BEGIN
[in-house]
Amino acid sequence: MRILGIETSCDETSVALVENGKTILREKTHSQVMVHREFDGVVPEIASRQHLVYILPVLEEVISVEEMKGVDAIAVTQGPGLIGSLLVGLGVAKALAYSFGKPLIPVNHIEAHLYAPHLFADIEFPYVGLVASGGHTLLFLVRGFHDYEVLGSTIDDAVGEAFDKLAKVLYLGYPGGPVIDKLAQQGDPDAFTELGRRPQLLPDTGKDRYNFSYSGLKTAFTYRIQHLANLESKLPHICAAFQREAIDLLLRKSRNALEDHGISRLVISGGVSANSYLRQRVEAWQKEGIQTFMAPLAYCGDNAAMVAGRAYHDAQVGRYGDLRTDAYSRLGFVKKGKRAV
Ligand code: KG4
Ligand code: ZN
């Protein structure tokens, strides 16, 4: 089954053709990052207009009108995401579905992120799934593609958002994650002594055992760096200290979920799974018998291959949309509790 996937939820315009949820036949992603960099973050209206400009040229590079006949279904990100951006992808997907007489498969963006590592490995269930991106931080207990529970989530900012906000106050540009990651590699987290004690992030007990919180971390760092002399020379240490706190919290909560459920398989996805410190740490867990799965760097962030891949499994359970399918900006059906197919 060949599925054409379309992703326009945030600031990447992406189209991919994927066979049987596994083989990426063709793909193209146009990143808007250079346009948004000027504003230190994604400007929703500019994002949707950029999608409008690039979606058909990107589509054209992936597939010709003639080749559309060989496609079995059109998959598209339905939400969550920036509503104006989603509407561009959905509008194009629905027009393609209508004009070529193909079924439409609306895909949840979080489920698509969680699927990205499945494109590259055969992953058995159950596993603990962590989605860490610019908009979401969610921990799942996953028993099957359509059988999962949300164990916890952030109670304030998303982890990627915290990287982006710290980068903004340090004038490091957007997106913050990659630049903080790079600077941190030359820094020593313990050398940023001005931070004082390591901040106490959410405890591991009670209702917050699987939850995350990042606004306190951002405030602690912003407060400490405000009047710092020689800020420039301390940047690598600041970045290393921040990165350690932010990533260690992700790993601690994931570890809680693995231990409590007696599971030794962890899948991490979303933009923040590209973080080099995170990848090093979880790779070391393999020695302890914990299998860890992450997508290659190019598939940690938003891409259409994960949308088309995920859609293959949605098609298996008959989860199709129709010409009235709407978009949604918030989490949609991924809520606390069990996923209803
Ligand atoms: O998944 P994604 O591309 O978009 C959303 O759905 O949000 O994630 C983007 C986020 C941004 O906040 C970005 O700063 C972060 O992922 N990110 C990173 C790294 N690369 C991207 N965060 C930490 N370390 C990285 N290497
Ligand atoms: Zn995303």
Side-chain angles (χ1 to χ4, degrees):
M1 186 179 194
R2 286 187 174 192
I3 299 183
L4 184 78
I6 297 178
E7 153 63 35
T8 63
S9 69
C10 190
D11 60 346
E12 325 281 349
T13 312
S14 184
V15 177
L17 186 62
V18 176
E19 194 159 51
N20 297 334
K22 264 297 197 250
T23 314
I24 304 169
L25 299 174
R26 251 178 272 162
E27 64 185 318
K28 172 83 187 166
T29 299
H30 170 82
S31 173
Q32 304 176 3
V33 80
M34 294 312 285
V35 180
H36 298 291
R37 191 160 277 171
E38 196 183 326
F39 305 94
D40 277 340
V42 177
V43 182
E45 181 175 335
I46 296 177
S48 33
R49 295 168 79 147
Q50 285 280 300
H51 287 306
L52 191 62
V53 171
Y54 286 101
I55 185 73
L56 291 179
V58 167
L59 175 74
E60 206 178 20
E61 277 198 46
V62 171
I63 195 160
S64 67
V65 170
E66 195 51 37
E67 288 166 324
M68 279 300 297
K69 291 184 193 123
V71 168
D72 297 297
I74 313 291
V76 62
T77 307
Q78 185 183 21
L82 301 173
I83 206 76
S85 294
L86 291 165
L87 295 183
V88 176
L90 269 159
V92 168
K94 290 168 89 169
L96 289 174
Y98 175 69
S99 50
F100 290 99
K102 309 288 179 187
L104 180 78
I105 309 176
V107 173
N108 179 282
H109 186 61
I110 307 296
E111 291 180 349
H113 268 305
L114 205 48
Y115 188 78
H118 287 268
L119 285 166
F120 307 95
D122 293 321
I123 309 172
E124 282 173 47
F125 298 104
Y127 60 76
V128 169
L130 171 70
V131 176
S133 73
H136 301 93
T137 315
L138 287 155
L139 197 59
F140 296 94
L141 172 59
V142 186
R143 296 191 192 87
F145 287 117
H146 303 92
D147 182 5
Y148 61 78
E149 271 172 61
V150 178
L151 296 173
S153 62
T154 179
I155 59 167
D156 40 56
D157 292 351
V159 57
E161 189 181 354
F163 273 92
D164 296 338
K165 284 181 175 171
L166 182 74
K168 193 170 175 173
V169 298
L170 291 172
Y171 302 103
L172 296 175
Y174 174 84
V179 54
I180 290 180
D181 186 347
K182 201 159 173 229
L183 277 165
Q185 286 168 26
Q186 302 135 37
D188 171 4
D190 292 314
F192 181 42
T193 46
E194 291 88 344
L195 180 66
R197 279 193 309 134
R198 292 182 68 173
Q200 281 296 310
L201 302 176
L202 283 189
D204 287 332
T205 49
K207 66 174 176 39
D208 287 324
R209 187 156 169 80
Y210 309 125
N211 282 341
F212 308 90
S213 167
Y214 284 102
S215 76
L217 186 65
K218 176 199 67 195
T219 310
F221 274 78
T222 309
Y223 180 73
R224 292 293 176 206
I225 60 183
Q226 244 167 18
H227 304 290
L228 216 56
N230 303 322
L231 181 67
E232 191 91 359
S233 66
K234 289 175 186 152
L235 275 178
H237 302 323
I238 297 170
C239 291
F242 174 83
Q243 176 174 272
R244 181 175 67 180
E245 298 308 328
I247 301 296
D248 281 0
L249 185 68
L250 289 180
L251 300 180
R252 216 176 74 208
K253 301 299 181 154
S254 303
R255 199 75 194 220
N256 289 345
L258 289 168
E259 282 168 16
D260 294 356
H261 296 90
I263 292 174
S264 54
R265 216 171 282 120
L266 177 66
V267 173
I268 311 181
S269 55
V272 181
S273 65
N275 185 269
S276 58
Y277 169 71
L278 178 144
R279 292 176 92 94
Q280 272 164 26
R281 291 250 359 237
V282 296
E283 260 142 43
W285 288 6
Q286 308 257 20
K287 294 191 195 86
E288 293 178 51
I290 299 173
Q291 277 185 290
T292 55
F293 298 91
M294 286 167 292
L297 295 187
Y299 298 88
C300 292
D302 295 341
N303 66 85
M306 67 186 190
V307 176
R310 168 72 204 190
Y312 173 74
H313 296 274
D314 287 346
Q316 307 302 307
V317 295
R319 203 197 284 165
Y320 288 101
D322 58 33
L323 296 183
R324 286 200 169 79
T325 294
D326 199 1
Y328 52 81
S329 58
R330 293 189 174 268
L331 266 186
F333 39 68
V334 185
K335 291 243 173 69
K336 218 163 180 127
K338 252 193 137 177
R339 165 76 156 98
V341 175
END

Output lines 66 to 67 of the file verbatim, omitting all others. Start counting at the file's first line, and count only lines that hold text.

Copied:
V65 170
E66 195 51 37